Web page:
Sugar And Spice And Too Nice For The Trails?

From Pam:
Yearly statistics on ultrarunning show that less than 30% of the participants are women. Yes, women are well represented in trail 5k’s and half marathons, but even at the marathon distance on trails, women’s participation drops off rapidly and is very close to that same 30% as noted in ultras, despite women making up close to 50% of road-running fields. Many have speculated about the number of commitments women have, particularly those women with kids, and that lack of time may be issues. Obstacle racing, where the majority of the races are relatively short in both length and actual duration, shows a strikingly similar trend to ultrarunning, with Tough Mudder reporting that approximately 30% of its 1.5 million participants last year were women. It seems that as races get ‘burlier,’ women’s participation falls, regardless of the distance of the race.

While I am sure there are myriad reasons why women’s participation in ultrarunning is not as high as men’s, I do think one of the reasons is that is just isn’t ‘girlie.’ Please remember that the Barbie doll–with her perfect makeup, closets of fashionable clothes, and loads of stiletto shoes–is the best-selling girls’ toy, EVER. And do you think Barbie runs ultramarathons? Hell no! She’d get plantar fasciitis after a lap around the block with those crazy feet made especially for high heels and she would not look nearly as good in a bikini if her sports bra gave her chafing!

Ultrarunning is a dirty sport, especially when you are talking about trail ultras. I have experienced all of these things at some point in my ultra career (and many of them on a regular basis): blisters, vomiting, chafing in just about every place imaginable, falling, scars, extreme sweating and body odor, pooping in the woods, diarrhea, poison oak, snot rockets, trail bronchitis (with lovely green phlegm), lost toenails, and eating stuff that fell on the trail. Heck, at the end of the Angeles Crest 100 Mile I even had a dead worm in my shoe AND a live beetle in my sports bra! It’s not a glamorous sport. It’s probably no surprise that I was fairly rough and tumble growing up, and that I never owned a Barbie.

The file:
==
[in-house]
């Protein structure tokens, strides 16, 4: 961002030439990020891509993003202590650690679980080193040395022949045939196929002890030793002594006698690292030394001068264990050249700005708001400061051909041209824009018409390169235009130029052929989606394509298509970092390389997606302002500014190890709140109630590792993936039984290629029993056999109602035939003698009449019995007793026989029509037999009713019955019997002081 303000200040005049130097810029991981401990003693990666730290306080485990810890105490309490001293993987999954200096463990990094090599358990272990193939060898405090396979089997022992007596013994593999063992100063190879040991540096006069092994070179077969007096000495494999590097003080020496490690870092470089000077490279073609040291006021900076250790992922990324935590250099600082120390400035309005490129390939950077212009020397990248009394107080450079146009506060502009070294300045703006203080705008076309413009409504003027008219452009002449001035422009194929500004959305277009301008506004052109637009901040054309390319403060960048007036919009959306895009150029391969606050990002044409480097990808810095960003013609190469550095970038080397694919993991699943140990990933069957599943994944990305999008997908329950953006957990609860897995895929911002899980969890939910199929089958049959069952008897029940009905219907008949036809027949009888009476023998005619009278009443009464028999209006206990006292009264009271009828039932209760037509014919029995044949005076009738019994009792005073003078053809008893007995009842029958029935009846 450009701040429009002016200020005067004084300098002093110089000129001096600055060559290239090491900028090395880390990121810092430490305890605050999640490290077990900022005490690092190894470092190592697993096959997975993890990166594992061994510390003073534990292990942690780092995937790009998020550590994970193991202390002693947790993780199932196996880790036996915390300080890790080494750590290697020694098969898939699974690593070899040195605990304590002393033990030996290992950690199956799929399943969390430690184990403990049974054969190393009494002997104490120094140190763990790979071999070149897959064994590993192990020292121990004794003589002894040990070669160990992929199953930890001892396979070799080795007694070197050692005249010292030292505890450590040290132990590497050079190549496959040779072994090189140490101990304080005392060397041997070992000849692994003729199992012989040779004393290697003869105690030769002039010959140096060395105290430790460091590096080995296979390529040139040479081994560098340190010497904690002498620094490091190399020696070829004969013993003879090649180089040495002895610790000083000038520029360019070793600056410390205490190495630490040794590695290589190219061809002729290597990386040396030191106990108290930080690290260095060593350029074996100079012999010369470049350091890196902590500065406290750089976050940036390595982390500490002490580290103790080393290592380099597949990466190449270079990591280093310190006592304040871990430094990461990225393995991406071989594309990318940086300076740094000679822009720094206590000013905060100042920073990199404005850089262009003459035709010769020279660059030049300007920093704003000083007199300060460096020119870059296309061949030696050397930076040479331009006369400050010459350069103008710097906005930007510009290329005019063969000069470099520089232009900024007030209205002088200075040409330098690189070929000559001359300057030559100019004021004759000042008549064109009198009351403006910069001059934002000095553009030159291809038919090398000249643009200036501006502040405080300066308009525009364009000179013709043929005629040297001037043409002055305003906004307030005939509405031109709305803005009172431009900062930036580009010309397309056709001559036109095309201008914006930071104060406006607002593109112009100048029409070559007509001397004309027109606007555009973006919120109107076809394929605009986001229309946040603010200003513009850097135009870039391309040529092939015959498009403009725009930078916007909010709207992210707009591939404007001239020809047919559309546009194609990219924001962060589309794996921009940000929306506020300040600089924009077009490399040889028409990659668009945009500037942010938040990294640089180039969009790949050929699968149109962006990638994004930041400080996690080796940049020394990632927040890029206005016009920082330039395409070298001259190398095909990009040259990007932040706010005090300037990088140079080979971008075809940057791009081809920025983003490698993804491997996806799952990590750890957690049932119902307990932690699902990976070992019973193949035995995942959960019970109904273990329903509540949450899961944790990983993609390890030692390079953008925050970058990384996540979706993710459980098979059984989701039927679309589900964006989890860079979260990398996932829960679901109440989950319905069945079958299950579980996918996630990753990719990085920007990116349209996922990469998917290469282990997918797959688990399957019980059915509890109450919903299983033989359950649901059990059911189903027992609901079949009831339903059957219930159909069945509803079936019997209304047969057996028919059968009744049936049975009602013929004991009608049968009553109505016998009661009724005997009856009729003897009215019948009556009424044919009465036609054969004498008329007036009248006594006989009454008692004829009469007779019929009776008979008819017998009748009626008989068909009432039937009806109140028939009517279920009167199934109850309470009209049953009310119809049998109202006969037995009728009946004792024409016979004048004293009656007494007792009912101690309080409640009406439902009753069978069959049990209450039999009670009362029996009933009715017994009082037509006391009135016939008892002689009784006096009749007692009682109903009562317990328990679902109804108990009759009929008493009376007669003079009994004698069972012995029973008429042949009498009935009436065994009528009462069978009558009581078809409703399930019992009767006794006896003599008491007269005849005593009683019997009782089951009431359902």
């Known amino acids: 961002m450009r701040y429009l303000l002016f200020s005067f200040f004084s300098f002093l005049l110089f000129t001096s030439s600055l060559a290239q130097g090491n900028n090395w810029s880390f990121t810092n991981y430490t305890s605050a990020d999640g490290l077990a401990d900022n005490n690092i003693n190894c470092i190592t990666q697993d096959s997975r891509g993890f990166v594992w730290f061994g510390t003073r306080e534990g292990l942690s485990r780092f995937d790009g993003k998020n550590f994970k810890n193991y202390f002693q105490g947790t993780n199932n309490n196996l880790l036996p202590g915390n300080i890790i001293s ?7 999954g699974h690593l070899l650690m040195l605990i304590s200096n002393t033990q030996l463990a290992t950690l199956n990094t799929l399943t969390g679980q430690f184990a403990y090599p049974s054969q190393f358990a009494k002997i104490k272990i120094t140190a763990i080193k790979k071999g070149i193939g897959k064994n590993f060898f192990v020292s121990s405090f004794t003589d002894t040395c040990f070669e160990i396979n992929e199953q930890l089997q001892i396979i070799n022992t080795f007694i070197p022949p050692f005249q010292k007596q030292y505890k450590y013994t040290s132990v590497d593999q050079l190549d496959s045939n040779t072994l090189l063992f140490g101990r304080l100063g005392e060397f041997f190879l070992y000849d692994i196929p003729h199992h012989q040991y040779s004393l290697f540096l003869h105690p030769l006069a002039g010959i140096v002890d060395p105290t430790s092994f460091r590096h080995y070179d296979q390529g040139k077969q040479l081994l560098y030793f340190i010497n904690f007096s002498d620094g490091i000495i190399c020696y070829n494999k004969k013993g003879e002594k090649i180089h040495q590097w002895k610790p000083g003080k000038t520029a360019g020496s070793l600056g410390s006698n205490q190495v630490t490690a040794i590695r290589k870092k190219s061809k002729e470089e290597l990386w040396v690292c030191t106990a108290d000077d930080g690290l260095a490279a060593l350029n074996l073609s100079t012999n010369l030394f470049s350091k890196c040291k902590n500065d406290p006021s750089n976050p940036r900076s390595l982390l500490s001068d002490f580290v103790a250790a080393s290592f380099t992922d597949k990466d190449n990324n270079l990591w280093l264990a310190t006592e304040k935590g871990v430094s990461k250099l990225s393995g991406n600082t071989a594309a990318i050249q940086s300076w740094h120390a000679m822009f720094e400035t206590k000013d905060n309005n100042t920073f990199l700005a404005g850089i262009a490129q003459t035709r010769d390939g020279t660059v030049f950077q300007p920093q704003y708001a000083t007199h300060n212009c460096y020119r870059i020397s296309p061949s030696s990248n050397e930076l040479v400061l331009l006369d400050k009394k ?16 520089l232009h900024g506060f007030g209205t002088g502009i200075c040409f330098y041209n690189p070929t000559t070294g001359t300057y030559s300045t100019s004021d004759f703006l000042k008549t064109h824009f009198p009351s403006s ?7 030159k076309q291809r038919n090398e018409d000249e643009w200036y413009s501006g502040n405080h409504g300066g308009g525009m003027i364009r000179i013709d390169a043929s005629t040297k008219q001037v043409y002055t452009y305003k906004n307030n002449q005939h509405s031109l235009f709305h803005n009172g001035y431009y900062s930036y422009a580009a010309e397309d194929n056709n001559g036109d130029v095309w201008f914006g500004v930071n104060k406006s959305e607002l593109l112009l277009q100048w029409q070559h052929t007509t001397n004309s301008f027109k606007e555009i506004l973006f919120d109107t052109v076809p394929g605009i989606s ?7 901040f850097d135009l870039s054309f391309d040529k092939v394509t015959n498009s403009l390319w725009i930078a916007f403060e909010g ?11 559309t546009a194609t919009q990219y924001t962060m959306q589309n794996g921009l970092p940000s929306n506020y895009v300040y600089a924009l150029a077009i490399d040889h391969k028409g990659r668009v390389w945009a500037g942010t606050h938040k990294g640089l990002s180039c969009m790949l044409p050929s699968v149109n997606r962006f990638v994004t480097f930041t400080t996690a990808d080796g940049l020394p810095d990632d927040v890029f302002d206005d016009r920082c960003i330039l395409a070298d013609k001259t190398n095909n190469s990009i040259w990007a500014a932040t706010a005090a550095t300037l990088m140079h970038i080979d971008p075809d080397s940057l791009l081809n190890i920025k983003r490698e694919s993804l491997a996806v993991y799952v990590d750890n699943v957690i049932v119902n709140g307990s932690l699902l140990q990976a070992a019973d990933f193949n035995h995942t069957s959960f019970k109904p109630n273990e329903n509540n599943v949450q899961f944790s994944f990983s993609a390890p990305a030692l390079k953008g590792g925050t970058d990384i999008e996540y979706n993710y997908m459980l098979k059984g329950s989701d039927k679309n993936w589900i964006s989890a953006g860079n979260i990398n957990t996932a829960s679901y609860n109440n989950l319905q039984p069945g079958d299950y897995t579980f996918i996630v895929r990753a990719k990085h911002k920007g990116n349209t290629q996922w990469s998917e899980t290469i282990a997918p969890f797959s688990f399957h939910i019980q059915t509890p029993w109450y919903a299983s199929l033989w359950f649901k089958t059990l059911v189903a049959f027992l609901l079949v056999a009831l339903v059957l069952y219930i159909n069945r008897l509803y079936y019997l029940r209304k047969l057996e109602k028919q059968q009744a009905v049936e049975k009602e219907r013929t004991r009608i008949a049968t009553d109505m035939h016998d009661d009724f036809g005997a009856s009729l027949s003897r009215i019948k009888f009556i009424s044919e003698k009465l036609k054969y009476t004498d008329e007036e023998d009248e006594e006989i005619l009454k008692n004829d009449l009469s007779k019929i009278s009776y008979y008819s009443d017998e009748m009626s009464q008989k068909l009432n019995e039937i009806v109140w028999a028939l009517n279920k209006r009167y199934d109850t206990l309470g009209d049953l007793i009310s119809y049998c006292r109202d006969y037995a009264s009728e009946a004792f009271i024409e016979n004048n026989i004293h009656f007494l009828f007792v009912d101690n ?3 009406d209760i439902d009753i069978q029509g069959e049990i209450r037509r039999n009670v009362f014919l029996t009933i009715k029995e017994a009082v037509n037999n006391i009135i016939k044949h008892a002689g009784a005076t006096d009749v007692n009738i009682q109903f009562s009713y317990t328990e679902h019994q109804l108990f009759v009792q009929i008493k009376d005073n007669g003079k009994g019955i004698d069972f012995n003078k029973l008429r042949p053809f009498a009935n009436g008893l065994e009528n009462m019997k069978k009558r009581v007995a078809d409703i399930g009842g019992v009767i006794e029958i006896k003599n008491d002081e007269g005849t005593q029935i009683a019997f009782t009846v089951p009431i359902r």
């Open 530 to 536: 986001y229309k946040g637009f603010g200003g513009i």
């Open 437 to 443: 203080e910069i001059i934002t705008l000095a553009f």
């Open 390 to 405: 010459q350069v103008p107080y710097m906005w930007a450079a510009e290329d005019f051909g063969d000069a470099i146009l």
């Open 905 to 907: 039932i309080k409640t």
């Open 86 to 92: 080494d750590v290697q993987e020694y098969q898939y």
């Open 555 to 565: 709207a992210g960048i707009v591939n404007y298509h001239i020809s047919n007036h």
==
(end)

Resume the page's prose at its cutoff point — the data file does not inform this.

Pam Smith and her sister playing in mud

Pam and her sister getting dirty at an early age. Photo courtesy of Pam Smith.

I think a lot of women are willing to ‘dip their toes in the mud’ for a 5k or a half marathon–because it is a relatively short period of time to be dirty and it avoids a lot of ‘unsavory’ issues like chafing, eating with dirty hands, running in the dark, and going to the bathroom in the woods. Plus, many of these shorter events are aimed at beginners, with smoother trails and more runnable terrain.

From Liza:
I’ll weigh in as the former Barbie-playing, pink-bedroom-sleeping, and tea-party-going little girl, to add diversity to our commentary.

Liza Howard playing tea time as a little girl. Photo courtesy of Liza Howard.

Liza Howard playing tea time as a little girl. Photo courtesy of Liza Howard.

I think some women do avoid the trails because they’re not interested in getting messy. I used to dread dropping my son, Asa, off at preschool because the road-running moms always looked so perfect in their cute, matching shorts and tops and perky ponytails. They wore full makeup and sometimes perfume. The road-running culture there valued appearance a lot. And, like you said, Pam, trail running doesn’t lend itself to staying neat and tidy.

Ann-Trason-2013-IMTUF-finish

Ann Trason after finishing the IMTUF 100 Mile in 2013. Photo: Tony Salazar of Tempus Photo Design

Certainly my morning trail running uniform–well-worn clothes already smelling slightly of sweat, a hat to hide my hair, and sotol-scratched legs–made trail running less alluring to that particular crowd. (I realize many female trail runners make more of an effort with their appearance than I usually manage to, but I’m sure there are some women reading who have also felt underdressed around a group of female road runners.)